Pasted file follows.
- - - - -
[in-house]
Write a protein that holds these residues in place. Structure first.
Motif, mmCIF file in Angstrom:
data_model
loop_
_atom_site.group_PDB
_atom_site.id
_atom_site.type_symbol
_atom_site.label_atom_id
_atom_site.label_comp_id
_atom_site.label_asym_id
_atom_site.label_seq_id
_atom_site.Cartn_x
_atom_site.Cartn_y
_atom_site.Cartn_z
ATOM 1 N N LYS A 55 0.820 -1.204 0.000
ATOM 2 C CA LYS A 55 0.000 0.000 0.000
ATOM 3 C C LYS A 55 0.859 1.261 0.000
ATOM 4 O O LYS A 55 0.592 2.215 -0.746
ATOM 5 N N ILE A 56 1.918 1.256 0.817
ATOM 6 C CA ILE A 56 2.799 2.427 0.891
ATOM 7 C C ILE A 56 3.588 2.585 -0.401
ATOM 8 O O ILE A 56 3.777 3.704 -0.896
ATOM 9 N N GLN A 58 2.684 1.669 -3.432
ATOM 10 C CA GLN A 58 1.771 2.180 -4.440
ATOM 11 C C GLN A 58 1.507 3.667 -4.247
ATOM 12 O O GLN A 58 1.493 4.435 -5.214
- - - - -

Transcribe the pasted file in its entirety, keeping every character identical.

[in-house]
Write a protein that holds these residues in place. Structure first.
Motif, mmCIF file in Angstrom:
data_model
loop_
_atom_site.group_PDB
_atom_site.id
_atom_site.type_symbol
_atom_site.label_atom_id
_atom_site.label_comp_id
_atom_site.label_asym_id
_atom_site.label_seq_id
_atom_site.Cartn_x
_atom_site.Cartn_y
_atom_site.Cartn_z
ATOM 1 N N LYS A 55 0.820 -1.204 0.000
ATOM 2 C CA LYS A 55 0.000 0.000 0.000
ATOM 3 C C LYS A 55 0.859 1.261 0.000
ATOM 4 O O LYS A 55 0.592 2.215 -0.746
ATOM 5 N N ILE A 56 1.918 1.256 0.817
ATOM 6 C CA ILE A 56 2.799 2.427 0.891
ATOM 7 C C ILE A 56 3.588 2.585 -0.401
ATOM 8 O O ILE A 56 3.777 3.704 -0.896
ATOM 9 N N GLN A 58 2.684 1.669 -3.432
ATOM 10 C CA GLN A 58 1.771 2.180 -4.440
ATOM 11 C C GLN A 58 1.507 3.667 -4.247
ATOM 12 O O GLN A 58 1.493 4.435 -5.214